For more information: Ms. Patricia Foland, Vice President for International Operations, WTEC, pfoland@scienceus.org, Phone: 410-691-1579.

 

Stem Cell Engineering: An International Perspective

Baltimore, MD, July 1, 2014.  Springer has just published an attractive new book based on the WTEC study on stem cell engineering.  There’s more information about the study at http://wtec.org/SCE/  To purchase the book, just go to amazon.com and search on the author’s name Robert Nerem.

About WTEC:

The World Technology Evaluation Center is the nation’s leading organization in conducting international technology assessments via peer review. WTEC has conducted over 70 such studies since 1989 under grants from a variety of Federal agencies. For more information, visit WTEC.

For more information: Ms. Patricia Foland, Vice President for International Operations, WTEC, pfoland@scienceus.org, Phone: 410-691-1579.

** BioManufacturing R&D: An International Perspective

What’s the next big thing in replaceable body parts?

Cyborgs are trending from science fiction to reality shows. People with superior artificial parts have been fantasies since at least the popular 1970s sitcom, the Six Million Dollar Man, and many films that explore the possibilities. Now science fact is rapidly catching up with science fiction.

Wouldn’t it be wonderful if you could buy spare parts for your body, just as you do for your car? Researchers around the world are pursuing this dream, and are making great progress. More and more spare parts are already being used to help patients recover from burns, bum knees, and even failure of whole organs. While artificial organ transplants are now limited to relatively simple ones like bladders, researchers are working on much more ambitious goals like kidneys, livers, and even hearts. (Brains are not included! Yet.)

Some of America’s top experts on the exciting new field of bio manufacturing recently visited the some of the best labs in Europe and Asia to bring back good ideas. They will present their results at a workshop on November 5, and you can attend for free. Just go to http://www.tvworldwide.com/events/nsf/141105/ to register.  Or you can call 410-691-1579.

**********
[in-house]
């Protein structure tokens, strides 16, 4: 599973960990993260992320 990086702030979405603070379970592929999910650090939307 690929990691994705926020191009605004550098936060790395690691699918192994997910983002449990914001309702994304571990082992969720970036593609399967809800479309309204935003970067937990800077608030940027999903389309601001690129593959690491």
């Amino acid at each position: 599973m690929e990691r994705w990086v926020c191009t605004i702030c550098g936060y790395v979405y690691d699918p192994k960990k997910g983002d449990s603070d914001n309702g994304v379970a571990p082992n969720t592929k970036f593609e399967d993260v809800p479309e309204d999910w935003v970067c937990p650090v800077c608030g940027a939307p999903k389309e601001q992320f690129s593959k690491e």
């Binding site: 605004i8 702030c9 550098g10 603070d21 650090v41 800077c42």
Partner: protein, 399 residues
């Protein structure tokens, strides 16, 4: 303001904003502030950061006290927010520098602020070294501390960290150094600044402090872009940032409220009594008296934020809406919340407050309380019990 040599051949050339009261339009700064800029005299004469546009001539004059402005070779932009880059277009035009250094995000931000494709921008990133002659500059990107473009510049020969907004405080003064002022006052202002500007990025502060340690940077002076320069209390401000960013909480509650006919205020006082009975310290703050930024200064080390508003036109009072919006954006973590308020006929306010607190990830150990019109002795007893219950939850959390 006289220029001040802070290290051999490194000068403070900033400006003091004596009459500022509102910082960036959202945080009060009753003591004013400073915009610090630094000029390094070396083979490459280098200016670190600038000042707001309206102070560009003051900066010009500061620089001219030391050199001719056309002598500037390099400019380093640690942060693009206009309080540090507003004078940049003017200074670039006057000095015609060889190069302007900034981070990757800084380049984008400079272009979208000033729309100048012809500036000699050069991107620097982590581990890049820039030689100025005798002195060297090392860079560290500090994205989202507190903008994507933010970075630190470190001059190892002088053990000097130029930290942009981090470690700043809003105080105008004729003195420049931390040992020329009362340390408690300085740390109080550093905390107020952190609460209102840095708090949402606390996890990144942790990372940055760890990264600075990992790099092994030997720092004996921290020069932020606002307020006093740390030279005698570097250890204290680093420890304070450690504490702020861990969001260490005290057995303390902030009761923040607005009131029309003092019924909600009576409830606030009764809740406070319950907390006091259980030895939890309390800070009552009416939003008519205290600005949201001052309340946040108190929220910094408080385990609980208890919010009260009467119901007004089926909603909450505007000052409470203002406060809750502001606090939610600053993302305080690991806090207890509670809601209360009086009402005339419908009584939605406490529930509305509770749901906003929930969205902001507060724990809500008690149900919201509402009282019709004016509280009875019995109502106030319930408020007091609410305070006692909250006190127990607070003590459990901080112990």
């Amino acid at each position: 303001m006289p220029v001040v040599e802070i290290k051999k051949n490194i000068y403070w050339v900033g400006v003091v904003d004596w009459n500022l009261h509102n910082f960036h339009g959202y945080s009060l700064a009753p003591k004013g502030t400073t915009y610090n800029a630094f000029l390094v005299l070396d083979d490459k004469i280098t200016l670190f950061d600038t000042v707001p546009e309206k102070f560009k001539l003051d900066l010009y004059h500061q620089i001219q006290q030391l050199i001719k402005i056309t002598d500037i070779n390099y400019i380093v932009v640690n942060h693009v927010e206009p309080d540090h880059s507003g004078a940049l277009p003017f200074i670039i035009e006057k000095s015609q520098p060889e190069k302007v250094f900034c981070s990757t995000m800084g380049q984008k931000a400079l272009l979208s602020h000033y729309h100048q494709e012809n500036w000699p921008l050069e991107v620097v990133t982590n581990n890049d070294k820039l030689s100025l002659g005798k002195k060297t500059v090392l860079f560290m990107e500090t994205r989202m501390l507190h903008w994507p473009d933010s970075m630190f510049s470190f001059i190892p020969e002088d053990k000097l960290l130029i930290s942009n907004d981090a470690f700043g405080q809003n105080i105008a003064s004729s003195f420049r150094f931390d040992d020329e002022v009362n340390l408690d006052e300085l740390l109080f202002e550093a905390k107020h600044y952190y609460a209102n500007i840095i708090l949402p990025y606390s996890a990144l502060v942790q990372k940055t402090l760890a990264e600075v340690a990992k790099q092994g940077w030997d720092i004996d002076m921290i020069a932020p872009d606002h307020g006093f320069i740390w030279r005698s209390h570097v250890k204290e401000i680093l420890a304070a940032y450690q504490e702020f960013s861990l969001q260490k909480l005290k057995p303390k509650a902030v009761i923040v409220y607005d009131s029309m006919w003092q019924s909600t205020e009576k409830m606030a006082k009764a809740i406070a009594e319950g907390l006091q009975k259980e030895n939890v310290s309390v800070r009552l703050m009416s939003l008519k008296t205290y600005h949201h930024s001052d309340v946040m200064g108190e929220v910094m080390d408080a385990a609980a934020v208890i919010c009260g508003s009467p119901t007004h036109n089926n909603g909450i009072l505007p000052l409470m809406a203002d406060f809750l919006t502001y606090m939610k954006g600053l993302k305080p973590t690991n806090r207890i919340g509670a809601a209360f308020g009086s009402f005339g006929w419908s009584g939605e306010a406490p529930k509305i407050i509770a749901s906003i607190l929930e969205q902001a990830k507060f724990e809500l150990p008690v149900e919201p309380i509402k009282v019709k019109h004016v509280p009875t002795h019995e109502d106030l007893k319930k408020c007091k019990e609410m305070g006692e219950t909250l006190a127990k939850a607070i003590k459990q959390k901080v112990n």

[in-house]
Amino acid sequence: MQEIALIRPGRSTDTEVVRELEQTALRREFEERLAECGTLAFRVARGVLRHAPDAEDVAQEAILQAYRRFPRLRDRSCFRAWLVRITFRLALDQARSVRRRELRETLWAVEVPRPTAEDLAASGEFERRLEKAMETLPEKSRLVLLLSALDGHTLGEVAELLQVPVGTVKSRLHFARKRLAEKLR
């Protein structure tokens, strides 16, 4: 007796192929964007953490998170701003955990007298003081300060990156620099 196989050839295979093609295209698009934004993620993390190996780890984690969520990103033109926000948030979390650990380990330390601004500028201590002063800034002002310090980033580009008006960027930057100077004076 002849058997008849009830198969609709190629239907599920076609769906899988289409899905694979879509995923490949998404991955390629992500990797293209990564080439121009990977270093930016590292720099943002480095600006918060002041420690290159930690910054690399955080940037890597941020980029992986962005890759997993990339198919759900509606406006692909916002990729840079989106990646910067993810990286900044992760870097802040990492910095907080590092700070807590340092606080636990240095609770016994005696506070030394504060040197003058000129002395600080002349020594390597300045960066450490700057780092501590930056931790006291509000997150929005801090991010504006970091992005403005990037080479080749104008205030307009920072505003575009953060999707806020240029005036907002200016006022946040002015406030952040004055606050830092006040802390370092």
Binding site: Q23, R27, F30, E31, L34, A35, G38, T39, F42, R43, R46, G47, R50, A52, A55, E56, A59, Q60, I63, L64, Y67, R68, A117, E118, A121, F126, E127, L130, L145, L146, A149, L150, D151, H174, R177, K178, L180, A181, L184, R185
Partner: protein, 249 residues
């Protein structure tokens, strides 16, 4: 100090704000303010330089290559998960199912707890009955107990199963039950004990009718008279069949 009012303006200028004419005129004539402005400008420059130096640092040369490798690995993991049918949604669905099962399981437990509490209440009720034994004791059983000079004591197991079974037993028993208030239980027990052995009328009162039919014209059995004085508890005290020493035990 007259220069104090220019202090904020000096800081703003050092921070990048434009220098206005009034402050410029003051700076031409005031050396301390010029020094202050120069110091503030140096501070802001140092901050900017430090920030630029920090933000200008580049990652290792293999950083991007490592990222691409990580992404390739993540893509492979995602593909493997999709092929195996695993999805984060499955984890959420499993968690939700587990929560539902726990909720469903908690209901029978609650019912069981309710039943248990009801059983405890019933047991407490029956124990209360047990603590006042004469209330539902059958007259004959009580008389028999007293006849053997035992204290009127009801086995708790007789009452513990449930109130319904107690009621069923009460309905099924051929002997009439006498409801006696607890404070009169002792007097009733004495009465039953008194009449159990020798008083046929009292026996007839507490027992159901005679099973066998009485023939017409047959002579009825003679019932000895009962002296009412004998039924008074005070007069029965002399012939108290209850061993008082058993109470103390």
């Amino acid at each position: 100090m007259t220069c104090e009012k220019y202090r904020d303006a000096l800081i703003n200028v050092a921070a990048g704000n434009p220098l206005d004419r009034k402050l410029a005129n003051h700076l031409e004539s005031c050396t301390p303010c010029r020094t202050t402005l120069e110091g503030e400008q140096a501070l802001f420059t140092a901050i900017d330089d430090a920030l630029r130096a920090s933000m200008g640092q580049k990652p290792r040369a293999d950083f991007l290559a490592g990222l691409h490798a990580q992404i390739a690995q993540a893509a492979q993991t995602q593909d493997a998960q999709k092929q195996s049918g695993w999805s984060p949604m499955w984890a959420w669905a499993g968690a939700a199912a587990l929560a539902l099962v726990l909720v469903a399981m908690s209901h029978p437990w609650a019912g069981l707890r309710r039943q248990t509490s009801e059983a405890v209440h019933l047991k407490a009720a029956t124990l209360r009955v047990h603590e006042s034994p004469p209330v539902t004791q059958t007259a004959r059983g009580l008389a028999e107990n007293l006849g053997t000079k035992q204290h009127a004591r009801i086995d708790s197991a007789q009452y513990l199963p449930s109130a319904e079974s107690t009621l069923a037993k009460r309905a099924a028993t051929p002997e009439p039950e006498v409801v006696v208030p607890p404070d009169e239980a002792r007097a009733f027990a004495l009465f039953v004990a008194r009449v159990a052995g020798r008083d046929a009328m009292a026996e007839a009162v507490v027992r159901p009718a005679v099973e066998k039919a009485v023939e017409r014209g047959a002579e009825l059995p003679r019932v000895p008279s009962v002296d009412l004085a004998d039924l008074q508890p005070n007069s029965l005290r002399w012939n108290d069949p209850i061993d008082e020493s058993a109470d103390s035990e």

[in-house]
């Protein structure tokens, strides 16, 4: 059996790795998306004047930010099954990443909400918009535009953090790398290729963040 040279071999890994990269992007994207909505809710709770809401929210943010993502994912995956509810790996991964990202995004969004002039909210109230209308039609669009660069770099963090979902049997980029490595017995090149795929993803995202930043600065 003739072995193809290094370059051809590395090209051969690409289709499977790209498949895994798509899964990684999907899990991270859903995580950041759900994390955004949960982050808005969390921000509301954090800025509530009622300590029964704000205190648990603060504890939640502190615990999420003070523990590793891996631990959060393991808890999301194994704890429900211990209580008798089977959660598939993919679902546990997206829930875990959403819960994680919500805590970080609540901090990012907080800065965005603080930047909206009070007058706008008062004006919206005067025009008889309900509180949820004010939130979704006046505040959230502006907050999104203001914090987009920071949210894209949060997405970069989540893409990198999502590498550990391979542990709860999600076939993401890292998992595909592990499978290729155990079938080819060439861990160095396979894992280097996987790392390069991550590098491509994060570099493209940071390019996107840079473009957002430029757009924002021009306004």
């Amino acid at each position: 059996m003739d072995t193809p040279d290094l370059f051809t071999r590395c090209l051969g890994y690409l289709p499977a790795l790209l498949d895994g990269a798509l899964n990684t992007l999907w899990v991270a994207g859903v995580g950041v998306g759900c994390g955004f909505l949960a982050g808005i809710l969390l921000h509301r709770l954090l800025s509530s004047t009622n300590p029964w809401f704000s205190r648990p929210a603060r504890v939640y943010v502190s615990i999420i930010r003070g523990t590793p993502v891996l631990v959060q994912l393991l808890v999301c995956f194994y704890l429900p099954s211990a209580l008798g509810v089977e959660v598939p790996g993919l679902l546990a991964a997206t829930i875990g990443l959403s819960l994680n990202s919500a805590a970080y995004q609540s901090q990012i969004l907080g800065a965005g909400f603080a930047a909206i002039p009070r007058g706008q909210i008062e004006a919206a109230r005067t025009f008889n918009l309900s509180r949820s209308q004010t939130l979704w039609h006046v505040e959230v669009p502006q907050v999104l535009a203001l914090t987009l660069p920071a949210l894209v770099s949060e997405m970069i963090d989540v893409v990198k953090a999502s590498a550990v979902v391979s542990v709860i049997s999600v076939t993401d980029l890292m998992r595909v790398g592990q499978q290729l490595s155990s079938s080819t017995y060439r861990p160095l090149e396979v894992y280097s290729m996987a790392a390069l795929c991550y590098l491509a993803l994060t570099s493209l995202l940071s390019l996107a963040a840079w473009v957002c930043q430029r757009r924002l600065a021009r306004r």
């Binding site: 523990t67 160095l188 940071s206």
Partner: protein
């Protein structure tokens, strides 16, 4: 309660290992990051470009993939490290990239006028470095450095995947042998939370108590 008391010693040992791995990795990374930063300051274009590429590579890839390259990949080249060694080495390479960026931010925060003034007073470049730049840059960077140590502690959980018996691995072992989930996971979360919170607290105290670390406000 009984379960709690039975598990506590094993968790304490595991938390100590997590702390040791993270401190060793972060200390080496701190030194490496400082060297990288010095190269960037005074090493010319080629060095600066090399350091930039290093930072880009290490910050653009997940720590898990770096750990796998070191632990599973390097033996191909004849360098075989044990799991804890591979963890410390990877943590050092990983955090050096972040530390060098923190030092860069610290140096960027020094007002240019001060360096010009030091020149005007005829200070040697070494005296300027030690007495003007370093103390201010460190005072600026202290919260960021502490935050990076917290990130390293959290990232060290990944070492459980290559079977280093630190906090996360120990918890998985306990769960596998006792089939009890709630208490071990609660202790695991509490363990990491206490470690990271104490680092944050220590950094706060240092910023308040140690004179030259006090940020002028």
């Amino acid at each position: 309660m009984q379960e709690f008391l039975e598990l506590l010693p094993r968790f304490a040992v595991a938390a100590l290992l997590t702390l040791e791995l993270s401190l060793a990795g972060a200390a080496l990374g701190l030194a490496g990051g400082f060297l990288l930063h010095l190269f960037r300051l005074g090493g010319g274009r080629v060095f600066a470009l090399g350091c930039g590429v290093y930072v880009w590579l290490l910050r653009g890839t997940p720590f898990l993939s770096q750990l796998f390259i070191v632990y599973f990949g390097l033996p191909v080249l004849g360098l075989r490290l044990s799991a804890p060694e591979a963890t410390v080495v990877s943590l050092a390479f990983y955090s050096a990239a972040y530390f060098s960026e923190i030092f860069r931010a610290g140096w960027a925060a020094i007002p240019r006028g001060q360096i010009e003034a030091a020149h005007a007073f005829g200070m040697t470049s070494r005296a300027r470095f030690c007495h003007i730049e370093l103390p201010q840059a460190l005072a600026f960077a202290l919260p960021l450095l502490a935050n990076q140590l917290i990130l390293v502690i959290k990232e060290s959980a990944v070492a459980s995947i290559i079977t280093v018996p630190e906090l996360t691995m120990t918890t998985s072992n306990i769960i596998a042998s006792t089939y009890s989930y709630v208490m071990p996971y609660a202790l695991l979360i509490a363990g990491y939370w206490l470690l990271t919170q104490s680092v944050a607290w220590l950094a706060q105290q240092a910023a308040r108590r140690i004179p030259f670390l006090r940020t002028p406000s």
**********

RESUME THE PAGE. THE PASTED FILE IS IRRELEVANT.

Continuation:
About WTEC:

The World Technology Evaluation Center is the nation’s leading organization in conducting international technology assessments via peer review. WTEC has conducted over 70 such studies since 1989 under grants from a variety of Federal agencies. For more information, visit WTEC.

For more information: Ms. Patricia Foland, Vice President for International Operations, WTEC, pfoland@scienceus.org, Phone: 410-691-1579.

 

R. D. Shelton

 

WTEC output on 2/15/11

Yesterday I picked up from the Baltimore office the final report for the scalable software workshop.  This is an important contribution to an important problem.  Dave Nelson, Ben Benokraitis, and Patricia Foland did a very good job in making this a big success.

Last night I heard that the paper by Shelton and Leydesdorff was accepted for presentation at the ISSI conference in Durban in July; I passed out hardcopies of this at our last staff meeting.  Yesterday I also submitted a longer version to the Journal of the American Society for Information Science and Technology.  Loet posted this one at a preprint service hosted at Cornell. http://arxiv.org/abs/1102.3047